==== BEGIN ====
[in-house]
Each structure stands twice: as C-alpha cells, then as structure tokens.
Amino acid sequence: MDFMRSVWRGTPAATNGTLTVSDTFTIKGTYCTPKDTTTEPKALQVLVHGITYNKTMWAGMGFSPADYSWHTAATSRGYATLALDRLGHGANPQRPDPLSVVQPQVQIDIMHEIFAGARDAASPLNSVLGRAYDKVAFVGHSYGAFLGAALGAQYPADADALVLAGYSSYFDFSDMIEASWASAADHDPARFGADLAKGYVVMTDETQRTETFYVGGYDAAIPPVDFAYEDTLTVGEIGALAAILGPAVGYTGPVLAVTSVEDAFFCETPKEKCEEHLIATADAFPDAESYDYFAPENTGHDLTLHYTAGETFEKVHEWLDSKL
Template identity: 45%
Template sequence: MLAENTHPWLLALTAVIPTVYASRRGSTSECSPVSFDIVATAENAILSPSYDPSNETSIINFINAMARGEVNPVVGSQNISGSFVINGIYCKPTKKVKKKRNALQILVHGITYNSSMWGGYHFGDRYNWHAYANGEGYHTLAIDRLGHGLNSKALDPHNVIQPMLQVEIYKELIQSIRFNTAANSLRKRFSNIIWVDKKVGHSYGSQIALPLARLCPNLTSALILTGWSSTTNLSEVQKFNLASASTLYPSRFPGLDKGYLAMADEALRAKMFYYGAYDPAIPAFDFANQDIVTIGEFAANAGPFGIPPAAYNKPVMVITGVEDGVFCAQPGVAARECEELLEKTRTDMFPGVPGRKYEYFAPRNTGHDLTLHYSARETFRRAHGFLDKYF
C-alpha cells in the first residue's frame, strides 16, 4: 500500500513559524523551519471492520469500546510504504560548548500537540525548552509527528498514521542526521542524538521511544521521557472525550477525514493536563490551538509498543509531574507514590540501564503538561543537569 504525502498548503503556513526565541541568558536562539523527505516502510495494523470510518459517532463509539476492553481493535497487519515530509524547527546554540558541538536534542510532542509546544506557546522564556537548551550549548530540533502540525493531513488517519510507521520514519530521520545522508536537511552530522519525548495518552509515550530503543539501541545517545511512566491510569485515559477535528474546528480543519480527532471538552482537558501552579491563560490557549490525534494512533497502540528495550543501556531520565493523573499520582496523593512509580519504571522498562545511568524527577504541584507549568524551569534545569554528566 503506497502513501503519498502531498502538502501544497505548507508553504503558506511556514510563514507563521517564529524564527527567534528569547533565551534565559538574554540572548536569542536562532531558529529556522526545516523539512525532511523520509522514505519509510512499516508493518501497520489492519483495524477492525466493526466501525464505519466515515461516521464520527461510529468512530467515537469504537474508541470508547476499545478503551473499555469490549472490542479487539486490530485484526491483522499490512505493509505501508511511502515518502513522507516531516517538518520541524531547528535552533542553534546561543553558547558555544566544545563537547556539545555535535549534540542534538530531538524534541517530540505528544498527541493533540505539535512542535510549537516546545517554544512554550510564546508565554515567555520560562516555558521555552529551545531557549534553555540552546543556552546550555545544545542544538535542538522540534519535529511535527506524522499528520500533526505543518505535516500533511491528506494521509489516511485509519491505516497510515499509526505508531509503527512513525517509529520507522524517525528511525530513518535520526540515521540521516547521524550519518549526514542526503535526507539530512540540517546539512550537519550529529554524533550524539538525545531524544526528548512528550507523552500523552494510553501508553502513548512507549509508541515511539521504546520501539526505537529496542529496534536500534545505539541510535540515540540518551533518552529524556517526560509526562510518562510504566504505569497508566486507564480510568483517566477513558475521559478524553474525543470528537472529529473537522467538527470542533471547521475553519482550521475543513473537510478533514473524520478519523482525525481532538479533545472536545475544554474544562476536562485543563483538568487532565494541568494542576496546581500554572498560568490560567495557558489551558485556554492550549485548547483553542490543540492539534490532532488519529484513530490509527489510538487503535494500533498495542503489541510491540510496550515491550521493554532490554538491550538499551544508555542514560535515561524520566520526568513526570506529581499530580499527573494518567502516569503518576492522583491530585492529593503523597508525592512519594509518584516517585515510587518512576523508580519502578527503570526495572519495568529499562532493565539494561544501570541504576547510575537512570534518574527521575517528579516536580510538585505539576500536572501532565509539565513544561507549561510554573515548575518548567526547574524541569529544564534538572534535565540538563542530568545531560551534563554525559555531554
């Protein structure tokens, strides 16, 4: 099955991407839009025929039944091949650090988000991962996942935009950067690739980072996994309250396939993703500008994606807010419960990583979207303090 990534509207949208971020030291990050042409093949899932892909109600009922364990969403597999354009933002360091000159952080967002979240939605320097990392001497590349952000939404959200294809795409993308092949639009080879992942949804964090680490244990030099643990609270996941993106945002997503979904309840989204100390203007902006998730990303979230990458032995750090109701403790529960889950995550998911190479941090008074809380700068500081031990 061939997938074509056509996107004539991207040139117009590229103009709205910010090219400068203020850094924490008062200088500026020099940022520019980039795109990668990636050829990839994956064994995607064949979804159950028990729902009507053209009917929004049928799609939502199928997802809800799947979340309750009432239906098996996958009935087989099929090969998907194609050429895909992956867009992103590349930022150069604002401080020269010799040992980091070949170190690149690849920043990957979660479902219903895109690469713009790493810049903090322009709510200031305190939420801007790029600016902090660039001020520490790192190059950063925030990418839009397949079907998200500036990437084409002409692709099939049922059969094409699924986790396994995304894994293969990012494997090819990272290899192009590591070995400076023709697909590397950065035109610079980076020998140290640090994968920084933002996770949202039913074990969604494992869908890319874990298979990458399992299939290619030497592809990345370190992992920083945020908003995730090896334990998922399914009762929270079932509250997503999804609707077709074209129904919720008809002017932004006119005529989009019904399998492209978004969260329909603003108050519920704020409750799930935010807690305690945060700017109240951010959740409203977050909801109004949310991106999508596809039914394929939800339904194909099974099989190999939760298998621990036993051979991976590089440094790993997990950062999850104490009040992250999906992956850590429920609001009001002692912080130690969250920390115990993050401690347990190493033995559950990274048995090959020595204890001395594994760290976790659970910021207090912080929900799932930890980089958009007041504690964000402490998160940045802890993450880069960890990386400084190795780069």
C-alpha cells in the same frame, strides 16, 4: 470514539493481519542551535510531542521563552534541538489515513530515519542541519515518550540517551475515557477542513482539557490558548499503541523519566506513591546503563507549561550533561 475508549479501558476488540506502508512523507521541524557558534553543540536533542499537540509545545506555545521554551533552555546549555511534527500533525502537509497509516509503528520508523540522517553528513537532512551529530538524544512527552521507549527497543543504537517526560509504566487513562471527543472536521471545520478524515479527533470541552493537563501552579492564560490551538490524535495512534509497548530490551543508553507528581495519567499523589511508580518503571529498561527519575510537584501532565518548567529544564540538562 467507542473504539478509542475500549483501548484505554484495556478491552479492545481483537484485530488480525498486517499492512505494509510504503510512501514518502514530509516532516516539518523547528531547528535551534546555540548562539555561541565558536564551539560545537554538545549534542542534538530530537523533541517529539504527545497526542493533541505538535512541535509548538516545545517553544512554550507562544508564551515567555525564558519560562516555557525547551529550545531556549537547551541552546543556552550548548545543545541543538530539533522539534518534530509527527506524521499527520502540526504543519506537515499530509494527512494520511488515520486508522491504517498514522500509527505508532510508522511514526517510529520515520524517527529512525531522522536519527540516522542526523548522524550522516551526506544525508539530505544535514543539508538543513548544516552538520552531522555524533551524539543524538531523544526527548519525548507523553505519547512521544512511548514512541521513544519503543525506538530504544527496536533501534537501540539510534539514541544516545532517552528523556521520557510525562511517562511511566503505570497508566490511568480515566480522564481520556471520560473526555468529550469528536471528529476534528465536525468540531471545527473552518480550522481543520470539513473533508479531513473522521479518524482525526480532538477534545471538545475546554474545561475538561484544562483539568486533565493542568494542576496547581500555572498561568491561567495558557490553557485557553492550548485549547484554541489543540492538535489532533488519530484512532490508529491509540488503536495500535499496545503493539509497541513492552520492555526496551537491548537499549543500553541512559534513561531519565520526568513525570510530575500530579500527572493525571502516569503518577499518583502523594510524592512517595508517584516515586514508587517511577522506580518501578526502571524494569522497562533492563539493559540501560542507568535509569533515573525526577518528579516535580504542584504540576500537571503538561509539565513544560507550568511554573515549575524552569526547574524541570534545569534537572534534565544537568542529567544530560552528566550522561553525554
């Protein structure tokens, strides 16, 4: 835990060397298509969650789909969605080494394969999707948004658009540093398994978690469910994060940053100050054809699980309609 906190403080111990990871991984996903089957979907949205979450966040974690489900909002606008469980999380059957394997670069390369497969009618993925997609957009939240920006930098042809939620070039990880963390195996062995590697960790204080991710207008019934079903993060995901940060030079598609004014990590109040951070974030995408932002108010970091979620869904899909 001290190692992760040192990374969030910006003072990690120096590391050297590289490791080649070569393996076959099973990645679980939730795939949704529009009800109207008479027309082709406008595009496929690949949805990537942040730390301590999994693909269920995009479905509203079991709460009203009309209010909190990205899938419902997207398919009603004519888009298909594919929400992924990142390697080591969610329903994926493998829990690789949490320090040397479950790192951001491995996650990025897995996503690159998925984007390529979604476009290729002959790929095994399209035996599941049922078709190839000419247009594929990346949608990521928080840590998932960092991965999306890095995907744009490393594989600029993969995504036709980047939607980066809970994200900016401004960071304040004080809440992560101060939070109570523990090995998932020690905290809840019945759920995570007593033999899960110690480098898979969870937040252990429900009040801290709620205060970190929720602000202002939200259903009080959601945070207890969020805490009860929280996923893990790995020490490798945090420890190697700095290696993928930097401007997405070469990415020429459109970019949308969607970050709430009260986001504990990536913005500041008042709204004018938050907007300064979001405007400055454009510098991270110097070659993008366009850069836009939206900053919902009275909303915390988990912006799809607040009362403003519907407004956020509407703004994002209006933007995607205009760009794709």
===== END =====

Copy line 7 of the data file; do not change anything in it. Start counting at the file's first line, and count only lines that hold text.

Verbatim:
């Protein structure tokens, strides 16, 4: 099955991407839009025929039944091949650090988000991962996942935009950067690739980072996994309250396939993703500008994606807010419960990583979207303090 990534509207949208971020030291990050042409093949899932892909109600009922364990969403597999354009933002360091000159952080967002979240939605320097990392001497590349952000939404959200294809795409993308092949639009080879992942949804964090680490244990030099643990609270996941993106945002997503979904309840989204100390203007902006998730990303979230990458032995750090109701403790529960889950995550998911190479941090008074809380700068500081031990 061939997938074509056509996107004539991207040139117009590229103009709205910010090219400068203020850094924490008062200088500026020099940022520019980039795109990668990636050829990839994956064994995607064949979804159950028990729902009507053209009917929004049928799609939502199928997802809800799947979340309750009432239906098996996958009935087989099929090969998907194609050429895909992956867009992103590349930022150069604002401080020269010799040992980091070949170190690149690849920043990957979660479902219903895109690469713009790493810049903090322009709510200031305190939420801007790029600016902090660039001020520490790192190059950063925030990418839009397949079907998200500036990437084409002409692709099939049922059969094409699924986790396994995304894994293969990012494997090819990272290899192009590591070995400076023709697909590397950065035109610079980076020998140290640090994968920084933002996770949202039913074990969604494992869908890319874990298979990458399992299939290619030497592809990345370190992992920083945020908003995730090896334990998922399914009762929270079932509250997503999804609707077709074209129904919720008809002017932004006119005529989009019904399998492209978004969260329909603003108050519920704020409750799930935010807690305690945060700017109240951010959740409203977050909801109004949310991106999508596809039914394929939800339904194909099974099989190999939760298998621990036993051979991976590089440094790993997990950062999850104490009040992250999906992956850590429920609001009001002692912080130690969250920390115990993050401690347990190493033995559950990274048995090959020595204890001395594994760290976790659970910021207090912080929900799932930890980089958009007041504690964000402490998160940045802890993450880069960890990386400084190795780069």